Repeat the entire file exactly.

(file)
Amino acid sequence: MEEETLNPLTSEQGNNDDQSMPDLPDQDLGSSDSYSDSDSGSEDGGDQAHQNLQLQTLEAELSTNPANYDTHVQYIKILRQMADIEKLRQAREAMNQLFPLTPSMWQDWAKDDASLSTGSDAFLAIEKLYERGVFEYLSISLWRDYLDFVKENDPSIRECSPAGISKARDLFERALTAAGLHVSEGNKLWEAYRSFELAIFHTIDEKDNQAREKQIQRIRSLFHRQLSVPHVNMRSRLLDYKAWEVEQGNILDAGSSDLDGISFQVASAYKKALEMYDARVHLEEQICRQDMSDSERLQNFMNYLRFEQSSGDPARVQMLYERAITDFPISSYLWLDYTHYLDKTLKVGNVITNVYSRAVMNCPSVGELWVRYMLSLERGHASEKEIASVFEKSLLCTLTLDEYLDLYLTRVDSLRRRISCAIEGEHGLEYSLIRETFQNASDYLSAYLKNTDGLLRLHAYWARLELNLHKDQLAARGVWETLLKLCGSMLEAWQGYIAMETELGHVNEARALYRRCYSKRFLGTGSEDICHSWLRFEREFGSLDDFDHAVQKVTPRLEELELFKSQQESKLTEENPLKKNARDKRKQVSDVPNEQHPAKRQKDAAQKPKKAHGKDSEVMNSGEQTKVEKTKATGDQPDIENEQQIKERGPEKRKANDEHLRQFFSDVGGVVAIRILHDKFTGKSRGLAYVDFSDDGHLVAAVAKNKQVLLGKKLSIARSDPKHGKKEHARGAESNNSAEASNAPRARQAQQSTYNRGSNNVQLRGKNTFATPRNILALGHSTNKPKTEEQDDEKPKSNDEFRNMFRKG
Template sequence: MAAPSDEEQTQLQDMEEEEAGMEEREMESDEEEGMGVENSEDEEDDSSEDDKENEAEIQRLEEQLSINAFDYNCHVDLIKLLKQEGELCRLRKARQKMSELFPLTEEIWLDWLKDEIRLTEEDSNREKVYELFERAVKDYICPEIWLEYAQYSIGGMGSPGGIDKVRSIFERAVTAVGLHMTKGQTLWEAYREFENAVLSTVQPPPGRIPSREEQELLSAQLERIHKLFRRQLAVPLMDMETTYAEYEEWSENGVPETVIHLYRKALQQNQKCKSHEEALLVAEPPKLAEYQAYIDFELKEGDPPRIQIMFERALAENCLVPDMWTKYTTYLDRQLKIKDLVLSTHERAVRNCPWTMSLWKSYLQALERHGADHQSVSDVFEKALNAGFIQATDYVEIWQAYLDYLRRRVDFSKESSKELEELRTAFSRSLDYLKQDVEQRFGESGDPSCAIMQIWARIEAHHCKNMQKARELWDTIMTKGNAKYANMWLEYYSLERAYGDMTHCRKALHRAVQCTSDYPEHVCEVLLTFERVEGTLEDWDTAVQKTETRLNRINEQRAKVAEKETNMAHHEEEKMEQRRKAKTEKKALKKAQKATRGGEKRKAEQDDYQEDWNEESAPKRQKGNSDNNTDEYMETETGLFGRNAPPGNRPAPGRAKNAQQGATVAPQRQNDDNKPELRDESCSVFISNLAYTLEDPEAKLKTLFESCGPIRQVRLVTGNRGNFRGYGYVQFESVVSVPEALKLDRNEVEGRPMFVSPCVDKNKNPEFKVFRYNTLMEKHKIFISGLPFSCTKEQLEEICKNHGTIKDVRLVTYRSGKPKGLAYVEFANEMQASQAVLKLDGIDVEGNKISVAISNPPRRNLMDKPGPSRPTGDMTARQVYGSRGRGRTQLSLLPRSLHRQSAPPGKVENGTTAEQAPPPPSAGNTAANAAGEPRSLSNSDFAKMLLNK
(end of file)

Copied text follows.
Amino acid sequence: MEEETLNPLTSEQGNNDDQSMPDLPDQDLGSSDSYSDSDSGSEDGGDQAHQNLQLQTLEAELSTNPANYDTHVQYIKILRQMADIEKLRQAREAMNQLFPLTPSMWQDWAKDDASLSTGSDAFLAIEKLYERGVFEYLSISLWRDYLDFVKENDPSIRECSPAGISKARDLFERALTAAGLHVSEGNKLWEAYRSFELAIFHTIDEKDNQAREKQIQRIRSLFHRQLSVPHVNMRSRLLDYKAWEVEQGNILDAGSSDLDGISFQVASAYKKALEMYDARVHLEEQICRQDMSDSERLQNFMNYLRFEQSSGDPARVQMLYERAITDFPISSYLWLDYTHYLDKTLKVGNVITNVYSRAVMNCPSVGELWVRYMLSLERGHASEKEIASVFEKSLLCTLTLDEYLDLYLTRVDSLRRRISCAIEGEHGLEYSLIRETFQNASDYLSAYLKNTDGLLRLHAYWARLELNLHKDQLAARGVWETLLKLCGSMLEAWQGYIAMETELGHVNEARALYRRCYSKRFLGTGSEDICHSWLRFEREFGSLDDFDHAVQKVTPRLEELELFKSQQESKLTEENPLKKNARDKRKQVSDVPNEQHPAKRQKDAAQKPKKAHGKDSEVMNSGEQTKVEKTKATGDQPDIENEQQIKERGPEKRKANDEHLRQFFSDVGGVVAIRILHDKFTGKSRGLAYVDFSDDGHLVAAVAKNKQVLLGKKLSIARSDPKHGKKEHARGAESNNSAEASNAPRARQAQQSTYNRGSNNVQLRGKNTFATPRNILALGHSTNKPKTEEQDDEKPKSNDEFRNMFRKG
Template sequence: MAAPSDEEQTQLQDMEEEEAGMEEREMESDEEEGMGVENSEDEEDDSSEDDKENEAEIQRLEEQLSINAFDYNCHVDLIKLLKQEGELCRLRKARQKMSELFPLTEEIWLDWLKDEIRLTEEDSNREKVYELFERAVKDYICPEIWLEYAQYSIGGMGSPGGIDKVRSIFERAVTAVGLHMTKGQTLWEAYREFENAVLSTVQPPPGRIPSREEQELLSAQLERIHKLFRRQLAVPLMDMETTYAEYEEWSENGVPETVIHLYRKALQQNQKCKSHEEALLVAEPPKLAEYQAYIDFELKEGDPPRIQIMFERALAENCLVPDMWTKYTTYLDRQLKIKDLVLSTHERAVRNCPWTMSLWKSYLQALERHGADHQSVSDVFEKALNAGFIQATDYVEIWQAYLDYLRRRVDFSKESSKELEELRTAFSRSLDYLKQDVEQRFGESGDPSCAIMQIWARIEAHHCKNMQKARELWDTIMTKGNAKYANMWLEYYSLERAYGDMTHCRKALHRAVQCTSDYPEHVCEVLLTFERVEGTLEDWDTAVQKTETRLNRINEQRAKVAEKETNMAHHEEEKMEQRRKAKTEKKALKKAQKATRGGEKRKAEQDDYQEDWNEESAPKRQKGNSDNNTDEYMETETGLFGRNAPPGNRPAPGRAKNAQQGATVAPQRQNDDNKPELRDESCSVFISNLAYTLEDPEAKLKTLFESCGPIRQVRLVTGNRGNFRGYGYVQFESVVSVPEALKLDRNEVEGRPMFVSPCVDKNKNPEFKVFRYNTLMEKHKIFISGLPFSCTKEQLEEICKNHGTIKDVRLVTYRSGKPKGLAYVEFANEMQASQAVLKLDGIDVEGNKISVAISNPPRRNLMDKPGPSRPTGDMTARQVYGSRGRGRTQLSLLPRSLHRQSAPPGKVENGTTAEQAPPPPSAGNTAANAAGEPRSLSNSDFAKMLLNK